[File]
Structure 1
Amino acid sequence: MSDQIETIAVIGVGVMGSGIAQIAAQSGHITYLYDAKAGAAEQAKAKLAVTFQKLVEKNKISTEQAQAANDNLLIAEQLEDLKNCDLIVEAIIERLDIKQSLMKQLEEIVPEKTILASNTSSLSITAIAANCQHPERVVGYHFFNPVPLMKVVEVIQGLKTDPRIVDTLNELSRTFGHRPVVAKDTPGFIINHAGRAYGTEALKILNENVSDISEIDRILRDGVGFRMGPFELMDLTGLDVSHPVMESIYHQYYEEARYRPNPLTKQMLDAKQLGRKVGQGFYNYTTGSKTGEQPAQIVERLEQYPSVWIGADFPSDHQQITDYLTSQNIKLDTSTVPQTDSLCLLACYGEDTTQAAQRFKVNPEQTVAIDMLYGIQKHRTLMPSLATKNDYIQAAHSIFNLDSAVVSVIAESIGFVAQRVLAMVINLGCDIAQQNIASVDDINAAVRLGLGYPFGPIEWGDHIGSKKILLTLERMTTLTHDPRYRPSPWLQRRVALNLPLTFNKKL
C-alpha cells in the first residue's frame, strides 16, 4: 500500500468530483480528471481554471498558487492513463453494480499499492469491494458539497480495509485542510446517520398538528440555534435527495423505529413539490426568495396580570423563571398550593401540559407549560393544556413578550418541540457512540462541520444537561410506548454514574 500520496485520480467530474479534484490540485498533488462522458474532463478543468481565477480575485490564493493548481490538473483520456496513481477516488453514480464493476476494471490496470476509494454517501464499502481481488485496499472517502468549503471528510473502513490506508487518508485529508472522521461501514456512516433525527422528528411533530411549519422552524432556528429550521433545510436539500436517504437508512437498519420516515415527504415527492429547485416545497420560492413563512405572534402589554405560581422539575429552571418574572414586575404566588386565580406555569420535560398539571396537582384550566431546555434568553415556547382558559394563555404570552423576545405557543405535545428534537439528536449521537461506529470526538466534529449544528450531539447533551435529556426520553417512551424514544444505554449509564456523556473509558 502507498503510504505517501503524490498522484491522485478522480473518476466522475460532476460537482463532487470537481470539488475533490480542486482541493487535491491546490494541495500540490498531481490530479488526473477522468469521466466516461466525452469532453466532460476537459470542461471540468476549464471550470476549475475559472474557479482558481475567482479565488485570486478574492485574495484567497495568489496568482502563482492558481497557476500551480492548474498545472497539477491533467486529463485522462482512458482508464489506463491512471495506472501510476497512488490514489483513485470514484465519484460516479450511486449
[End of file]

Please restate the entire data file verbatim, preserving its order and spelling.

Structure 1
Amino acid sequence: MSDQIETIAVIGVGVMGSGIAQIAAQSGHITYLYDAKAGAAEQAKAKLAVTFQKLVEKNKISTEQAQAANDNLLIAEQLEDLKNCDLIVEAIIERLDIKQSLMKQLEEIVPEKTILASNTSSLSITAIAANCQHPERVVGYHFFNPVPLMKVVEVIQGLKTDPRIVDTLNELSRTFGHRPVVAKDTPGFIINHAGRAYGTEALKILNENVSDISEIDRILRDGVGFRMGPFELMDLTGLDVSHPVMESIYHQYYEEARYRPNPLTKQMLDAKQLGRKVGQGFYNYTTGSKTGEQPAQIVERLEQYPSVWIGADFPSDHQQITDYLTSQNIKLDTSTVPQTDSLCLLACYGEDTTQAAQRFKVNPEQTVAIDMLYGIQKHRTLMPSLATKNDYIQAAHSIFNLDSAVVSVIAESIGFVAQRVLAMVINLGCDIAQQNIASVDDINAAVRLGLGYPFGPIEWGDHIGSKKILLTLERMTTLTHDPRYRPSPWLQRRVALNLPLTFNKKL
C-alpha cells in the first residue's frame, strides 16, 4: 500500500468530483480528471481554471498558487492513463453494480499499492469491494458539497480495509485542510446517520398538528440555534435527495423505529413539490426568495396580570423563571398550593401540559407549560393544556413578550418541540457512540462541520444537561410506548454514574 500520496485520480467530474479534484490540485498533488462522458474532463478543468481565477480575485490564493493548481490538473483520456496513481477516488453514480464493476476494471490496470476509494454517501464499502481481488485496499472517502468549503471528510473502513490506508487518508485529508472522521461501514456512516433525527422528528411533530411549519422552524432556528429550521433545510436539500436517504437508512437498519420516515415527504415527492429547485416545497420560492413563512405572534402589554405560581422539575429552571418574572414586575404566588386565580406555569420535560398539571396537582384550566431546555434568553415556547382558559394563555404570552423576545405557543405535545428534537439528536449521537461506529470526538466534529449544528450531539447533551435529556426520553417512551424514544444505554449509564456523556473509558 502507498503510504505517501503524490498522484491522485478522480473518476466522475460532476460537482463532487470537481470539488475533490480542486482541493487535491491546490494541495500540490498531481490530479488526473477522468469521466466516461466525452469532453466532460476537459470542461471540468476549464471550470476549475475559472474557479482558481475567482479565488485570486478574492485574495484567497495568489496568482502563482492558481497557476500551480492548474498545472497539477491533467486529463485522462482512458482508464489506463491512471495506472501510476497512488490514489483513485470514484465519484460516479450511486449